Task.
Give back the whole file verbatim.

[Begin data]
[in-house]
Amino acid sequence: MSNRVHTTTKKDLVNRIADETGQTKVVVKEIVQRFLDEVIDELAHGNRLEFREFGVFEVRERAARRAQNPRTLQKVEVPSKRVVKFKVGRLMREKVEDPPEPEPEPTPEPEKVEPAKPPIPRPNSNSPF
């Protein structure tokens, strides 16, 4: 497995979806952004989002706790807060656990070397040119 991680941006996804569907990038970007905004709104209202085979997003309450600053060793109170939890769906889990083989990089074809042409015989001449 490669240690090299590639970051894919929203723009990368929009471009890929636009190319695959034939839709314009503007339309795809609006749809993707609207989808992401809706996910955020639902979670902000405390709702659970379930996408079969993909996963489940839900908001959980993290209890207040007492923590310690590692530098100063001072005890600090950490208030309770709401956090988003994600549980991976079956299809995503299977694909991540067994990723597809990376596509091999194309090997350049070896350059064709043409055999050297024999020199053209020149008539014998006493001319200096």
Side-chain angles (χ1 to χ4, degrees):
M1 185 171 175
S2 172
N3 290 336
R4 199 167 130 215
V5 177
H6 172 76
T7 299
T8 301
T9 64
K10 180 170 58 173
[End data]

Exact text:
[in-house]
Amino acid sequence: MSNRVHTTTKKDLVNRIADETGQTKVVVKEIVQRFLDEVIDELAHGNRLEFREFGVFEVRERAARRAQNPRTLQKVEVPSKRVVKFKVGRLMREKVEDPPEPEPEPTPEPEKVEPAKPPIPRPNSNSPF
């Protein structure tokens, strides 16, 4: 497995979806952004989002706790807060656990070397040119 991680941006996804569907990038970007905004709104209202085979997003309450600053060793109170939890769906889990083989990089074809042409015989001449 490669240690090299590639970051894919929203723009990368929009471009890929636009190319695959034939839709314009503007339309795809609006749809993707609207989808992401809706996910955020639902979670902000405390709702659970379930996408079969993909996963489940839900908001959980993290209890207040007492923590310690590692530098100063001072005890600090950490208030309770709401956090988003994600549980991976079956299809995503299977694909991540067994990723597809990376596509091999194309090997350049070896350059064709043409055999050297024999020199053209020149008539014998006493001319200096």
Side-chain angles (χ1 to χ4, degrees):
M1 185 171 175
S2 172
N3 290 336
R4 199 167 130 215
V5 177
H6 172 76
T7 299
T8 301
T9 64
K10 180 170 58 173